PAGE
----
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Old 07-16-2011, 02:28 AM   #2
Lee Salzman
Join Date: Nov 2005
Posts: 406
Re: Moving with your center

Mary Simonsen wrote: View Post
Okie Dokie so I am approaching my one year mark in training ( august) and I keep hearing all about how I need to move with my center. My teachers are working very hard to teach this to me but I seem to not be getting it. So I am looking for other ways to learn how to connect with my partner, move with my center, and extend key past my hand. One problem I believe I have is I have good energy everywhere else in my body but from my shoulders to my hands I am like a hot spaghetti noodle. I have absolutely no energy from my shoulders to my hands... It is a phenomena that none of us can seem to figure out. Relax the shoulder... check... extend energy through my fingertips and past them... nope. My hand remain bright white on the palms HA. I open my hands up for tenhohenko... and I am just a trying like hell to get that energy through to my hands but nope not happening. I have asked several people outside my Aikido training circle and it seems to baffle them. The look at my technique and then scratch their heads. One person had to check to see if my arms were dead. LOL. It is almost as if I do not even have arms. If I could just connect my arms to my center that would be great.

So the question to you guys is... How did that little epiphany happen for you? What was it that finally clicked inside you and made that extension of energy finally make sense for you? Is there a such thing as energy blockage? I know I am not going to get this overnight and might take 4 years or so to figure this out... but I am not even making a tiny bit of progress with my hands. ( I know i shouldn't be moving with my hands and thus that is where moving from center comes into play. ) I am trying to do a slight amount of shikko stuff and also trying to do things that require me to lower my hamni stance. I am by no means discouraged or heartbroken that I haven't figured this out yet. I am a very determined person and that is why I am asking others for what they think.

Was looking at some clips I found on youtube by Doug Wedell wich then gave me the idea to ask on the forums here about how others found their center.
Do not kid yourself, connecting the arms to the spine is not a little epiphany, and it would take you probably months of daily practice of specifically this aspect when you know physically the thing your body is trying to accomplish and frequent correction/guidance from a qualified teacher to actually get it - that was my experience. It is the most difficult thing I've ever learned about how to use my body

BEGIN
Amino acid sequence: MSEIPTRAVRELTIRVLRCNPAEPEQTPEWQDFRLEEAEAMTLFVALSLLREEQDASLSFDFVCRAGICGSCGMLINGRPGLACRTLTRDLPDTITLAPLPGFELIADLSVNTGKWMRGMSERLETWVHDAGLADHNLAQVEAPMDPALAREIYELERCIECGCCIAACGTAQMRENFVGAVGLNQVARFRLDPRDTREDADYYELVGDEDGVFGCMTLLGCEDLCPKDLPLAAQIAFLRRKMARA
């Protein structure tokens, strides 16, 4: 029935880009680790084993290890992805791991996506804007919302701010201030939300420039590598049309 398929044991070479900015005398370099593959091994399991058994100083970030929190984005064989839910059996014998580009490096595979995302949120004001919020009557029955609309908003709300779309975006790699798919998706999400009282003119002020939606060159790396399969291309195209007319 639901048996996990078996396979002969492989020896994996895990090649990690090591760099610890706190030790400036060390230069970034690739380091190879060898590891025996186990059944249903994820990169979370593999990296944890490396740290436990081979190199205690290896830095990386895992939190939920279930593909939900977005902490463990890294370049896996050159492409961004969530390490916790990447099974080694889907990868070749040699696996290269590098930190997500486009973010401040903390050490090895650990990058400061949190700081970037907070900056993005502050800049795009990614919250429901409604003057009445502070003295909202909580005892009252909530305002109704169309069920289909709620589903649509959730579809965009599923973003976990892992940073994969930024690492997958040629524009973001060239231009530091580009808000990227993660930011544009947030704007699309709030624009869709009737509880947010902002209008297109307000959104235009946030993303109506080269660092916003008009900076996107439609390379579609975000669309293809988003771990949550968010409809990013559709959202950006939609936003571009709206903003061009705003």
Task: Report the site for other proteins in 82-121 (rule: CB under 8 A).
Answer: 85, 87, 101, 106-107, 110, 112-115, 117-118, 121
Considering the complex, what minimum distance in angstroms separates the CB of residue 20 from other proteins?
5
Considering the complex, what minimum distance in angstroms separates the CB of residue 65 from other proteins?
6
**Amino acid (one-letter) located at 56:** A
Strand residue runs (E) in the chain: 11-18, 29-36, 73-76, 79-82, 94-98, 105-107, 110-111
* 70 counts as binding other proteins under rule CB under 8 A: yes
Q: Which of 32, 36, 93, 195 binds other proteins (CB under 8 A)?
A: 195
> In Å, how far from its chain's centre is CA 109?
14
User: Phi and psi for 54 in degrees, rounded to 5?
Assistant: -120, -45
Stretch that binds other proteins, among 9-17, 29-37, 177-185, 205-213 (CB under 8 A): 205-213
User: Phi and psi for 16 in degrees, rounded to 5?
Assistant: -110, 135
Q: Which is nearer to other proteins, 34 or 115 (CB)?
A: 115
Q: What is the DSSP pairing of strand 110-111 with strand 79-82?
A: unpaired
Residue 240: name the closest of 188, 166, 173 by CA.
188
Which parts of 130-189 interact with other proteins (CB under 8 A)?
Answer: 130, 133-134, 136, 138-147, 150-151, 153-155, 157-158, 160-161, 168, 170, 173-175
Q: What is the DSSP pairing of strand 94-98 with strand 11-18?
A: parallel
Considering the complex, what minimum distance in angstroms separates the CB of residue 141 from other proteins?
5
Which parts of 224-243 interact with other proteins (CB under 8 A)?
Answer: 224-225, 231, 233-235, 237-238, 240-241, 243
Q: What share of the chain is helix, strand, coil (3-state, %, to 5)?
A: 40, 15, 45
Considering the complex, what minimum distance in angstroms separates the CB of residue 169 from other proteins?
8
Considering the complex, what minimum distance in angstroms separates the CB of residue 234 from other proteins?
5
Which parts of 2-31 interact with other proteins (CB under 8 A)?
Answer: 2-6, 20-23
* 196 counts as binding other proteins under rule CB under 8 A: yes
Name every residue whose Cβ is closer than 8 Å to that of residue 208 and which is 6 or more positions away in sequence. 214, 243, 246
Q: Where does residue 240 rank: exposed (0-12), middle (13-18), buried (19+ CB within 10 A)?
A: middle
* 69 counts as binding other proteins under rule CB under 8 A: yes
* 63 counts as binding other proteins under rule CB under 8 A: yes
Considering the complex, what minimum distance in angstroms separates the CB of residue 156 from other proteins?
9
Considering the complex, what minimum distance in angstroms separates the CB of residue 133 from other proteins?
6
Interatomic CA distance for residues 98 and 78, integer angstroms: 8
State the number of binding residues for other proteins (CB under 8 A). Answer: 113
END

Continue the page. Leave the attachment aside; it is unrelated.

It is probably the hardest part of the body to connect, precisely because we condition in bad habits there so frequently throughout our entire lives which need to be unlearned and replaced in all movements with an entirely different understanding of how to use them.

That said, about the most useful pointer I can offer is that, in a way, the shoulders operate like your hips and the arms operate like a set of legs. If there is something your hips/legs are doing that your shoulders/arms are not, investigate that and try to equalize their function. If the hip gets power by extending, the shoulder gets power by extending. If the legs aren't turning into floppy jello that causes you to fall in a puddle of bones and skin to the ground during practice, then your arms shouldn't be doing this either. In essence, if you were strong enough to flip the problems upside down so that you stood on your arms and contacted people with your legs, your aikido would still be similar. This principle also works for the pelvis/tailbone and the ribcage/neck. On the flip side, if your understanding of the top half of your body is lacking, probably so is your understanding of the bottom half - do always use the problems and strengths of either one to offer insights onto the things you need to work on on the other half. If they have to be used in fundamentally different ways, you're doing something wrong. Without a teacher who can point the way, that may be your singular most useful piece of training strategy.

You are a bridge between another person and the ground, so any point of failure in this bridge makes the whole bridge useless. Explore those things, play with the spine and how it bridges them. Try pushing against heavy or immovable things and feel where you feel localized stress, and try to distribute that stress over the entire chain, not by completely relaxing and taking the joint out of the bridge, and not by stiffening up the part like an immovable statue, but by making the joint move in complete and utter unison of direction and goal with the other joints of your body. Those are two ways to cause an "energy blockage": 1) by going limp or collapsing away from the force to bleed it off in another direction, or 2) letting the joint go rigid as an overcorrection to the flip-side problem of going limp or collapsing, so that the action of the joint fighting its own active movement absorbs any kinetic energy. Work on erasing those in every major joint of your body, not just your shoulders and arms, but doing that in your upper body will be harder than anything else.

But still, given all of that, there is no "center". Every part of your body is connected as one giant center, every part of you is the center. So you must be everywhere in your body at once.

Last edited by Lee Salzman : 07-16-2011 at 02:37 AM.
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